Beam diameter 9)~18 mm~25 mm
Beam pointing stability 10)≤ 50 µrad
Beam divergence≤ 0.5 mrad
Optical pulse jitter 11)≤ 0.5 ns
Linewidth≤ 1 cm-1
Laser head size (W×L×H mm)460 × 1250 × 260 460 × 1500 × 260 600 × 1800 × 300
Power supply size (W×L×H mm)550 × 600 × 1250550 × 600 × 1640
Umbilical length 13)5 m
Power requirements 15)208, 380 or 400 V AC, three phase, 50/60 Hz
Power consumption 16)≤ 5 kVA≤ 6 kVA≤ 7 kVA≤ 8 kVA
Water supply 16)< 5 l/min, 2 Bar, max 15 °C< 12 l/min, 2 Bar, max 15 °C
Operating ambient temperature22 ± 2 °C
Storage ambient temperature15 – 35 °C
Relative humidity (non-condensing)≤ 80 %
Cleanness of the roomISO Class 7
  1. Due to continuous improvement, all specifications are subject to change without notice. The parameters marked ‘typical’ are indications of typical performance and will vary with each unit we manufacture. Presented parameters can be customized to meet customer‘s requirements. All parameters measured at 1064 nm if not stated otherwise.
  2. Harmonic outputs are optional. Specifications valid with respective harmonic module purchased. Outputs are not simultaneous.
  3. Second harmonic is available with LBO crystal then the conversion efficiency is increased to 70%. If TH/FH options are orders second harmonic efficiency is reduced to ~50 %.
  4. Standard pulse duration is 5 ns. Other pulse durations can be ordered within range of 10 – 20 s. Output energy might differ depending on duration.
  5. Under stable environmental conditions, normalized to average pulse energy (RMS, averaged from 60 s).
  6. Measured over 8 hours period after 30 min warm-up when ambient temperature variation is less than ±2 °C.
  7. Super-Gaussian spatial mode of 6-11th order in near field.
  8. M² value of ~5 is standard. Versions with M² in the range of 20 – 90 can be ordered.
  9. Beam diameter is measured at signal output at 1/e2 level for Gaussian beams and FWHM level for Super-Gaussian beams.
  10. Beam pointing stability is evaluated as movement of the beam centroid in the focal plane of a focusing element (RMS, averaged from 60 s).
  11. Optical pulse jitter with respect to electrical outputs: Trig out > 3.5 V @ 50 Ω.
  12. System sizes are preliminary and depend on customer lab layout and additional options purchased.
  13. Longer umbilical with up to 10 m available upon request.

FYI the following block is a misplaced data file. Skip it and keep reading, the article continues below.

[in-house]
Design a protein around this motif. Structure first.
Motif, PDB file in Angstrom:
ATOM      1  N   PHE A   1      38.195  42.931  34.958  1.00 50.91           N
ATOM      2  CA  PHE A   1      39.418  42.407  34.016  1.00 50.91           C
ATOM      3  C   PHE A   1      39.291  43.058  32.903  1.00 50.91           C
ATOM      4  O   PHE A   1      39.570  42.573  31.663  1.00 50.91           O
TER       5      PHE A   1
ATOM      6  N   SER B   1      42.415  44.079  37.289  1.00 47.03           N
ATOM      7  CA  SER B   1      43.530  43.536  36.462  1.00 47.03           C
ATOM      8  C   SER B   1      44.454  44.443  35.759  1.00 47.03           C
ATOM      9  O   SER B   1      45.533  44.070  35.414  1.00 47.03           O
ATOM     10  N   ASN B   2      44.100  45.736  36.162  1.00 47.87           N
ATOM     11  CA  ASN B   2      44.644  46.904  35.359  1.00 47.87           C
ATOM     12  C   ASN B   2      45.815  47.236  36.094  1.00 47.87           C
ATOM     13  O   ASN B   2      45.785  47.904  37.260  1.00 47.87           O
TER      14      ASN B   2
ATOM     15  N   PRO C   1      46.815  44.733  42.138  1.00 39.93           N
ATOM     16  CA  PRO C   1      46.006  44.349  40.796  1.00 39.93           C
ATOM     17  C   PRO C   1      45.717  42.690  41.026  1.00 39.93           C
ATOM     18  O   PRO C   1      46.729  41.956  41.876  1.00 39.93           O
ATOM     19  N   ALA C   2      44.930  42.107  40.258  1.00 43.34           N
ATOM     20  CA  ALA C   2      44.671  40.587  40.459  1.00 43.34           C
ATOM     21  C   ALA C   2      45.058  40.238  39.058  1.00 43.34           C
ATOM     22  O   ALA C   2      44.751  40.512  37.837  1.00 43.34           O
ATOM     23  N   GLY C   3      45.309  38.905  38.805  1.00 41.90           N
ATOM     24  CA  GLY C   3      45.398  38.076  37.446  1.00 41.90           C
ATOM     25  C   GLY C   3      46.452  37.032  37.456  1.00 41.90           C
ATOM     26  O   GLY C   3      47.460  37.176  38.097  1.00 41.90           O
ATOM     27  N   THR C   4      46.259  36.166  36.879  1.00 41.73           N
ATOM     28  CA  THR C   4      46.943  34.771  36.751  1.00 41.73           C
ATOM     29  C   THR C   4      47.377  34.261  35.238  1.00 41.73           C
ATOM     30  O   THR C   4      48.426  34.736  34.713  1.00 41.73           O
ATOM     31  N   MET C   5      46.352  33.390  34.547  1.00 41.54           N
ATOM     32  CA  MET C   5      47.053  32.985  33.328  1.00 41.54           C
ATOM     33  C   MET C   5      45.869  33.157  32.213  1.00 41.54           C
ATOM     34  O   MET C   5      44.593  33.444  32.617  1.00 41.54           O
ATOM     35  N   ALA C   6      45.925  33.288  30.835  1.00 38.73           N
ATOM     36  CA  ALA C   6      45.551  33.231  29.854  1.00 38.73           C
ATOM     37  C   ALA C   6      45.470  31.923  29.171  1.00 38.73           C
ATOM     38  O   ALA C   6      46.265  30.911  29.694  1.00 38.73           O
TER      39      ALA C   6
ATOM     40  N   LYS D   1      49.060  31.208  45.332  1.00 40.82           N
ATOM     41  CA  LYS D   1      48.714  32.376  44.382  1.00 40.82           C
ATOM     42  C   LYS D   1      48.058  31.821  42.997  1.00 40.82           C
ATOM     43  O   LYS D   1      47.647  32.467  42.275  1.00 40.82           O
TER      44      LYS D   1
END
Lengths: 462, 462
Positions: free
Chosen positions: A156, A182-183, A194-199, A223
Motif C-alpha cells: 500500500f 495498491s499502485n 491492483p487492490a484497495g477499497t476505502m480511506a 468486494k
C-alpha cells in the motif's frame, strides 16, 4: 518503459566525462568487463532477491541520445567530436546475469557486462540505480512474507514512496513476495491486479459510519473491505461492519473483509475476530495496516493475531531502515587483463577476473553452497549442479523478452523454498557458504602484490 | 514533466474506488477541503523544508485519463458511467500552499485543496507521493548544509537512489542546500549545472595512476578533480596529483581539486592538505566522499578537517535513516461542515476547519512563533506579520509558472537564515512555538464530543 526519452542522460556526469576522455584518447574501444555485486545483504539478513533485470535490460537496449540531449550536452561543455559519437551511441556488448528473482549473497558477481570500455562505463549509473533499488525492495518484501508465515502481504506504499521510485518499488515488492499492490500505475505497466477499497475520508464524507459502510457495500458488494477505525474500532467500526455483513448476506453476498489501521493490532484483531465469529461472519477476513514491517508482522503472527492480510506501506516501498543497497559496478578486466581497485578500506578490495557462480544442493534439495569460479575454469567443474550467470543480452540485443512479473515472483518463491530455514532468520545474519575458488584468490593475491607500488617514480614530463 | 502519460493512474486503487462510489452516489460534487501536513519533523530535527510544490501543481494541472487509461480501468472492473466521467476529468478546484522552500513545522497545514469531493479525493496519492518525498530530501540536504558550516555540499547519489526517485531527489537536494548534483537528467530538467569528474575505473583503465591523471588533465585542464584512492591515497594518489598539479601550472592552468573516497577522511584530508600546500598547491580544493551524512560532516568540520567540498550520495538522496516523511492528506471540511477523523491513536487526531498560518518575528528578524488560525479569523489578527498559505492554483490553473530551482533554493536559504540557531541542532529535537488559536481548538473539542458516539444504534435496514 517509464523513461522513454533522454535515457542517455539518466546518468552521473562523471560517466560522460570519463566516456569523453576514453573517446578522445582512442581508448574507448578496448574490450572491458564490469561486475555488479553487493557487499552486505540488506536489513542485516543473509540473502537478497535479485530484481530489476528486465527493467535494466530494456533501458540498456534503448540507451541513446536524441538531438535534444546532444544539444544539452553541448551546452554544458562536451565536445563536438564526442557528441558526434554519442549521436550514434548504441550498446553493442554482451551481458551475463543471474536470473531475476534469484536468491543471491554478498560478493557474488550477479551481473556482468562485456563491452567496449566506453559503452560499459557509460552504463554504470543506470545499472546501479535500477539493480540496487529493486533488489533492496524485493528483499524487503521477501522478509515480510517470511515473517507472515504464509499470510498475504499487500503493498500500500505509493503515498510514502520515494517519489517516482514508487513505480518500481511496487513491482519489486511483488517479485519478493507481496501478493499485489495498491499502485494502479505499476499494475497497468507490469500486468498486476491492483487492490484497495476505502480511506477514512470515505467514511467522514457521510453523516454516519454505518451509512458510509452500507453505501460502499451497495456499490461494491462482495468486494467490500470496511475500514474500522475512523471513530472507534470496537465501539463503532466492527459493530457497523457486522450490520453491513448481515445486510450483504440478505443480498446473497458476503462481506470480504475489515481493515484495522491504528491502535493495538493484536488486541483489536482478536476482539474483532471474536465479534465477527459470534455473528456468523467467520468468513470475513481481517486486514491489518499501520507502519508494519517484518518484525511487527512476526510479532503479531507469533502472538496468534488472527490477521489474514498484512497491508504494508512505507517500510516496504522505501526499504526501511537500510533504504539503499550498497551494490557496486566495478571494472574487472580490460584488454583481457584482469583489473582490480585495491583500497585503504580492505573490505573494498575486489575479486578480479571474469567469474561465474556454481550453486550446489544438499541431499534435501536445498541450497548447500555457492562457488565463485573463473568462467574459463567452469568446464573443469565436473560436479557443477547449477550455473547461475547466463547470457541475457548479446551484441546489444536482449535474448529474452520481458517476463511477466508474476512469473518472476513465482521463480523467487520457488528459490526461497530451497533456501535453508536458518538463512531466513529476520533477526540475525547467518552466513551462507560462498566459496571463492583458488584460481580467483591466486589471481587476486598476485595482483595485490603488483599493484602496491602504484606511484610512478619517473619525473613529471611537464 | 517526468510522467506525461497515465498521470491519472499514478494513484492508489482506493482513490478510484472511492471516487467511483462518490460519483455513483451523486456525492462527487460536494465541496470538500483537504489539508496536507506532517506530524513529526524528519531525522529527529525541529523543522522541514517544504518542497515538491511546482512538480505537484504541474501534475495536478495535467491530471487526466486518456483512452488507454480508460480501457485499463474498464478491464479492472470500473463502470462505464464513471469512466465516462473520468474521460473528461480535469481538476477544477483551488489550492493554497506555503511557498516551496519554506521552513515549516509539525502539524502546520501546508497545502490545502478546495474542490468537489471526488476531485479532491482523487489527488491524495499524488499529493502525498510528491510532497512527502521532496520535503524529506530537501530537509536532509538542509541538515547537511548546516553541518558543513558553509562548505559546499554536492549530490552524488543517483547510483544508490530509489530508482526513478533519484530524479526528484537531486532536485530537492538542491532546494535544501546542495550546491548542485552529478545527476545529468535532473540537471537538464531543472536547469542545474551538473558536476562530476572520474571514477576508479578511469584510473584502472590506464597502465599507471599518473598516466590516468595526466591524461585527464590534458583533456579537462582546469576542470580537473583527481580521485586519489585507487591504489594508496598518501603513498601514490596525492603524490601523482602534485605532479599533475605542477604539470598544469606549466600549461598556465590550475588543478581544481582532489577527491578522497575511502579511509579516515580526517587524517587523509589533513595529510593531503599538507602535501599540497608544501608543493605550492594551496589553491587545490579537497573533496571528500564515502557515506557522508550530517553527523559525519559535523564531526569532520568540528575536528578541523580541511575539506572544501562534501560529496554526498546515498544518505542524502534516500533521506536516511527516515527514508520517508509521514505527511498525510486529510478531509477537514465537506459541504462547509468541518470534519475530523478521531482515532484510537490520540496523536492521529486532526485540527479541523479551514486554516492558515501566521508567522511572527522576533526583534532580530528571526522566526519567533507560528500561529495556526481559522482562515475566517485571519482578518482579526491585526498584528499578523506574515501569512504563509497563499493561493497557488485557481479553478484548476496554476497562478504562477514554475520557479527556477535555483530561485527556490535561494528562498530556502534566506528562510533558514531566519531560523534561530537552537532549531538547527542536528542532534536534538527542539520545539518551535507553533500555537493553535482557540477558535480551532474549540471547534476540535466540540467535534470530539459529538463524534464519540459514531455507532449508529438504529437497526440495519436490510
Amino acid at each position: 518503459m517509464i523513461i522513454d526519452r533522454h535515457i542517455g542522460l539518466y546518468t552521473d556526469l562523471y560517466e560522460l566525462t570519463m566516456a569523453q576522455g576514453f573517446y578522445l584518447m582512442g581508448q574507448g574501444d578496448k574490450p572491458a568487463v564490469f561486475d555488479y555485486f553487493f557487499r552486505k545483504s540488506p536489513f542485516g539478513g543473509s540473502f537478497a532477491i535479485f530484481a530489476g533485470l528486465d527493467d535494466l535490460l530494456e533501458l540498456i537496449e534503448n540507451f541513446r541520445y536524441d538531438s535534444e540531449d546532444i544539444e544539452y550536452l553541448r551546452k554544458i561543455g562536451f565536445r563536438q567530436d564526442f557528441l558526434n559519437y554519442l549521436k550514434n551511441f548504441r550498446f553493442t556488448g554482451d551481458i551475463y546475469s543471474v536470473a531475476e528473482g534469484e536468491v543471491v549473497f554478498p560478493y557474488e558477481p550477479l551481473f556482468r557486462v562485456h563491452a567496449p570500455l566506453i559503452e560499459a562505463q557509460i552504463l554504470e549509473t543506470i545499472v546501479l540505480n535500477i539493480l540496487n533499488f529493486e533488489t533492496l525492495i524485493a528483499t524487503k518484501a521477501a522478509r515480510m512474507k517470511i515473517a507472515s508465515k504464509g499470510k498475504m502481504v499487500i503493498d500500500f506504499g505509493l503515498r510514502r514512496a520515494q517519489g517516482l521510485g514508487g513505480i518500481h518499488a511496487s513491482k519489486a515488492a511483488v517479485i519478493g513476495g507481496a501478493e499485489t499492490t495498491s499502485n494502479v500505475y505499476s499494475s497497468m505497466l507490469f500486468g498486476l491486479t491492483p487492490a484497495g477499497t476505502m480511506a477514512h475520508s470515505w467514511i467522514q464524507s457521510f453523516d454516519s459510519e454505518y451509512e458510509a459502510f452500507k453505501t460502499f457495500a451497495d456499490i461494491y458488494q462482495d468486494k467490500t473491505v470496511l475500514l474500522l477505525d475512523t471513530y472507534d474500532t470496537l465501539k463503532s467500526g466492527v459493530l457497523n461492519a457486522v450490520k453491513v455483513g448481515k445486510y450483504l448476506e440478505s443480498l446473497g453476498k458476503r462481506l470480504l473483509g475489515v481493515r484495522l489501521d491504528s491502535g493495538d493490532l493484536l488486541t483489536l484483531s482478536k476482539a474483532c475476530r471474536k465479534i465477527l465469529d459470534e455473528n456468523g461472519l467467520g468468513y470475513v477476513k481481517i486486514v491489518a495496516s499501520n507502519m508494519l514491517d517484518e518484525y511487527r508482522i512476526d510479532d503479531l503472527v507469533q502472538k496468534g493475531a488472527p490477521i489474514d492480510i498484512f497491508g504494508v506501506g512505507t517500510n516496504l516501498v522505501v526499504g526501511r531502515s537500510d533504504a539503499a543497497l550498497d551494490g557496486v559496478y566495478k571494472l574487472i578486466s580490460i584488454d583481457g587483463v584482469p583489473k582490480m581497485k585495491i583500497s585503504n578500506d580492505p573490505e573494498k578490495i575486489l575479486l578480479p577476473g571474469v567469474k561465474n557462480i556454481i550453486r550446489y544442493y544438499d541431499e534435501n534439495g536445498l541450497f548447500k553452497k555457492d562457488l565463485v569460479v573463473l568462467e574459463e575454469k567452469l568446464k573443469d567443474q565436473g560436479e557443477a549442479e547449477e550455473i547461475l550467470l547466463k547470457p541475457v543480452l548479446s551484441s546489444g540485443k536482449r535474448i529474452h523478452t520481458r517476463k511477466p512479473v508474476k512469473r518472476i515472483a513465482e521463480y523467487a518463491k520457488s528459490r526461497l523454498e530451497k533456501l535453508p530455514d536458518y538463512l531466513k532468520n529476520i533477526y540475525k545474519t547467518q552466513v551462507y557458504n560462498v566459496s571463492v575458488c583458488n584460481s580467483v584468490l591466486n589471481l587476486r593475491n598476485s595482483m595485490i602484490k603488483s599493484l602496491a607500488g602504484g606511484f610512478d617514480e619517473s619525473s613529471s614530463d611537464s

14. The laser and auxiliary units must be settled in such a place void of dust and aerosols. It is advisable to operate the laser in air conditioned room, provided that the laser is placed at a distance from air conditioning outlets. The laser should be positioned on a solid worktable. Access from one side should be ensured.
  15. Voltage fluctuations allowed are +10 % / -15 % from nominal value.
  16. Power consumption and water supply requirements deviate depending on system configuration.

Note: Laser must be connected to the mains electricity all the time. If there will be no mains electricity for longer that 1 hour then laser (system) needs warm up for a few hours before switching on.


- GProvides a Gaussian-like beam profilePulse energies are typically lower in comparison to standard version by 80 %
- M20…90Provides a flat, smooth beam profile, without hot spots and diffraction rings in the near and medium fieldM² > 20 or M² > 90
- RLIOptional Relay Imaging for smooth beam profile
- AWWater-air cooling optionReplaces or supplements Water-to-Water cooling unit. Heat dissipation equals total power consumption
- N10…N2010 – 20 ns pulse duration


Drawings & Images

Power Supply

CabinetUsable heightHeight H, mmWidth W, mmDepth D, mm
MR-99 U455.5 (519 1) )553600
MR-1212 U589 (653 1) )553600
MR-1616 U768 (832 1) )553600
MR-2020 U889 (952 1) )553600
MR-2525 U1167 (1231 1) )553600
MR-3434 U1640 (1709 1) )553600
  1. Full height with wheels.


Found total :
5 articles, 5 selected
Application selected :
All Applications
All Applications
Scientific Applications
High Intensity Sources – laser produced plasma, x-ray source, extreme UV